During the COVID-19 crisis and shutdown of businesses in many cities and states, owners scramble to pay employees, keep their doors open, and continue selling products or services to generate revenue, if they’re permitted to do so. No matter your situation, we’ve compiled some things you can do during the pandemic or any other business shutdown you might incur. And hopefully, you’ll be in a better position when the economy starts churning again.
Layout your finances
Experts agree, the first thing you should do during an economic slowdown, is tackle your finances. Review your accounts and see if you’ll have any cash flow or liquidity issues during this slow time.
Many financial experts are recommending you create a 13-week cash flow forecast. Once you’ve set your fixed and variable expenses, you’ll want to review how much cash you’ll need going forward. Make sure to stress-test it against the worst possible situation.
At the same time, make sure you are saving money wherever you can. You may need to make your cash stretch during the upcoming weeks.
To create some extra cash flow, try things like offering discounts to customers who pay you with cash. Offer gift cards and certificates to customers so they can buy now and use them when everything is open again. And work with your large vendors and your landlord to see if you can delay payments to help save cash.
Also, it’s very important you keep accurate records during this period in case you need to apply for assistance. Any losses or costs related to the virus should be well documented and kept separately from your normal accounting. Keep all your receipts.
The $2.2 trillion rescue package approved on Friday – the largest in U.S. history – does provide some assistance for small businesses and employees alike. The government is hoping this will help small businesses and workers get by during the quarantine.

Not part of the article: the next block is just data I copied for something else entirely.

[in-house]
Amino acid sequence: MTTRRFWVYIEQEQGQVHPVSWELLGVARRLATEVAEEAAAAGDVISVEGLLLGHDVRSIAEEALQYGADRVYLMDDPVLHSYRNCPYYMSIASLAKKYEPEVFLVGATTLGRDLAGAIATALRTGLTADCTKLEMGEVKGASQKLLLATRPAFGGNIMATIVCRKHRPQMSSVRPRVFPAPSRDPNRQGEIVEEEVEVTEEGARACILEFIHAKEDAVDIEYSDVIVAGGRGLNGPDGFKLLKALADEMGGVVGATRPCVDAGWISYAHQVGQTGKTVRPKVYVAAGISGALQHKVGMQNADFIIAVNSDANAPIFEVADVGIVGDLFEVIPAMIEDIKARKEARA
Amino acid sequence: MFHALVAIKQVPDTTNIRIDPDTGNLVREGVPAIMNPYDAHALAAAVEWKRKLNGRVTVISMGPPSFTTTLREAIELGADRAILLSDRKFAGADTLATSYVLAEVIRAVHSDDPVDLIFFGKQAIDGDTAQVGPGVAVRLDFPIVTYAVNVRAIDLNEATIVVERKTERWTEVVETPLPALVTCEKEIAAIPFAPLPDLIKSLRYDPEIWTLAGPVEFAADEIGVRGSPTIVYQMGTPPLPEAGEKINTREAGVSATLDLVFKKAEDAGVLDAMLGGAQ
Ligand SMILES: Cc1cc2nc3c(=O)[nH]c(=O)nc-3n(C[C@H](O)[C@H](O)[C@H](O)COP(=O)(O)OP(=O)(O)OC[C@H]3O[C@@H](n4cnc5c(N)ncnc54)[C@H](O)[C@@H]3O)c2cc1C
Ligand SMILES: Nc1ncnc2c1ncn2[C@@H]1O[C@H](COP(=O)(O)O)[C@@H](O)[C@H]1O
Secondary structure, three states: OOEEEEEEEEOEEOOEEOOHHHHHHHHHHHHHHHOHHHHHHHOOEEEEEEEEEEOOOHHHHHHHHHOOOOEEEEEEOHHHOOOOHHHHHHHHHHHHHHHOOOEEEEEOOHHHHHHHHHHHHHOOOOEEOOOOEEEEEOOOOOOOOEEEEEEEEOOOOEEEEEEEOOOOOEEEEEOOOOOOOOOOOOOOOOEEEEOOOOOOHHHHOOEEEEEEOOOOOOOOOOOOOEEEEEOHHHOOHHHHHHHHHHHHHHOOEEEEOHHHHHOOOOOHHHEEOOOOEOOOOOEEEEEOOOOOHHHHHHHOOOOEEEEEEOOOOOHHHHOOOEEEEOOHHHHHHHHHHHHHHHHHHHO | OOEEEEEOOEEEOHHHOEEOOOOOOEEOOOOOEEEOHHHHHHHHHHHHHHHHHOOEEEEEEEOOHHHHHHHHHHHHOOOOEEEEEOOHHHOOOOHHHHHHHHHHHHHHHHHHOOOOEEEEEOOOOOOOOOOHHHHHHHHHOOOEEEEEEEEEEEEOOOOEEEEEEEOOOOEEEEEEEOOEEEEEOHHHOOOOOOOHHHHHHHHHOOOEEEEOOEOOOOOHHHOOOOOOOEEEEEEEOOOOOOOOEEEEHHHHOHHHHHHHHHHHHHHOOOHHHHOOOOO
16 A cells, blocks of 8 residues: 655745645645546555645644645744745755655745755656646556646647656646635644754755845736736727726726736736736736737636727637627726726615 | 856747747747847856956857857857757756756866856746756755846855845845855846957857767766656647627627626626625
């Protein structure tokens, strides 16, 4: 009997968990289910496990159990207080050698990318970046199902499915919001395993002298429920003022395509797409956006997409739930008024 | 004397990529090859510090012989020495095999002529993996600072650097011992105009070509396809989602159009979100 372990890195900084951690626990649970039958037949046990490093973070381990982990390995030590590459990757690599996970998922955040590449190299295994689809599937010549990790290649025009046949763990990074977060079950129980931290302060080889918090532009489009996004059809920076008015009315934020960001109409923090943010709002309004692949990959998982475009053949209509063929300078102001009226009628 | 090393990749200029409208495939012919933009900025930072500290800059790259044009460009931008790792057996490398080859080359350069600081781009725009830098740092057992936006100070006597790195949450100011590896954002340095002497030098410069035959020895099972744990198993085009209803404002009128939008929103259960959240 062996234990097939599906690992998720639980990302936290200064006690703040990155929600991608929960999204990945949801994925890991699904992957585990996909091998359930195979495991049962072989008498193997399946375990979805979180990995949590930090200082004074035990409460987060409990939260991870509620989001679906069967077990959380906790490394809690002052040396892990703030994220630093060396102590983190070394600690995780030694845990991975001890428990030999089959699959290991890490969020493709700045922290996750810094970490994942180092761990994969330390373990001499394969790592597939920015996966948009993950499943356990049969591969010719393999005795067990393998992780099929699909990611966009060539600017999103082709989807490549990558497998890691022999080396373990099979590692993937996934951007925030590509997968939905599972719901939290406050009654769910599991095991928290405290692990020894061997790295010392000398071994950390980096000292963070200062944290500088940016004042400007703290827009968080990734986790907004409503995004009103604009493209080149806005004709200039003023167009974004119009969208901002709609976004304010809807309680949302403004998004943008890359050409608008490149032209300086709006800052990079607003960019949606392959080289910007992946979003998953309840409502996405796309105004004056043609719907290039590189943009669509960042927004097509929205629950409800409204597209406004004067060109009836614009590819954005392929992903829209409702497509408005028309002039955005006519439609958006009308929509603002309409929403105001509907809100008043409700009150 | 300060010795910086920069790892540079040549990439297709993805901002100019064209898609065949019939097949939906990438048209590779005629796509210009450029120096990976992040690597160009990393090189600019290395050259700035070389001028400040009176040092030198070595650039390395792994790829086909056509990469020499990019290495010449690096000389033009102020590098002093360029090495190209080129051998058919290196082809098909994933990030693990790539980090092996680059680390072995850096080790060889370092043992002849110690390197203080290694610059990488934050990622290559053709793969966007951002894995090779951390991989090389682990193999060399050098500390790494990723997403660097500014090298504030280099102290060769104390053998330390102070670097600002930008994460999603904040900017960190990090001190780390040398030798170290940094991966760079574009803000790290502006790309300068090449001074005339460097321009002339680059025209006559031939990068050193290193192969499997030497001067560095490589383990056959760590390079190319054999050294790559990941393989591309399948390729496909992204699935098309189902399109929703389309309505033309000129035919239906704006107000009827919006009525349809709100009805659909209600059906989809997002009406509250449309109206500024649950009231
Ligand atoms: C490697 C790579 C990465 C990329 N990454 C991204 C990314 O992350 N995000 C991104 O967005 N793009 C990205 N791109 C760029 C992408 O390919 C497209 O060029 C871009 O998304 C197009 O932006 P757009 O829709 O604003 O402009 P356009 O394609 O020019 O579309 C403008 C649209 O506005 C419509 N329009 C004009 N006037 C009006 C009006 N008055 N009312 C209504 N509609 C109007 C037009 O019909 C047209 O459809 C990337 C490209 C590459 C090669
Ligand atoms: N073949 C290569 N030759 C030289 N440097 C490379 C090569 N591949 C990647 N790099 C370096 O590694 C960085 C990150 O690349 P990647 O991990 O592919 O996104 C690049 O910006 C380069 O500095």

What the stimulus bill means for businesses
- Payroll tax relief – Businesses are eligible for a new payroll-tax credit during the pandemic as long as they keep their workers employed. This includes businesses that were ordered to close. Choosing this option allows businesses to delay payroll taxes until 2021. If you applied for an SMB loan, however, you won’t receive the credit.
- Interruption loans – For businesses that employ fewer than 500 workers and keep them on the payroll, the government will offer loans in an effort to prevent layoffs. For now, this would cover six weeks of payroll. It would be capped at $1,540 per week, per employee.
- Self-employed or independent contractors – For self-employed individuals, the stimulus expands unemployment insurance. It adds a 13-week extension to unemployment benefits. It also includes an extra $600 a week for up to four months over state unemployment benefits. Check with your state unemployment website to apply.
Keep employees safe & connected
First and foremost, be completely honest with your employees and where everything stands. Don’t keep them in the dark.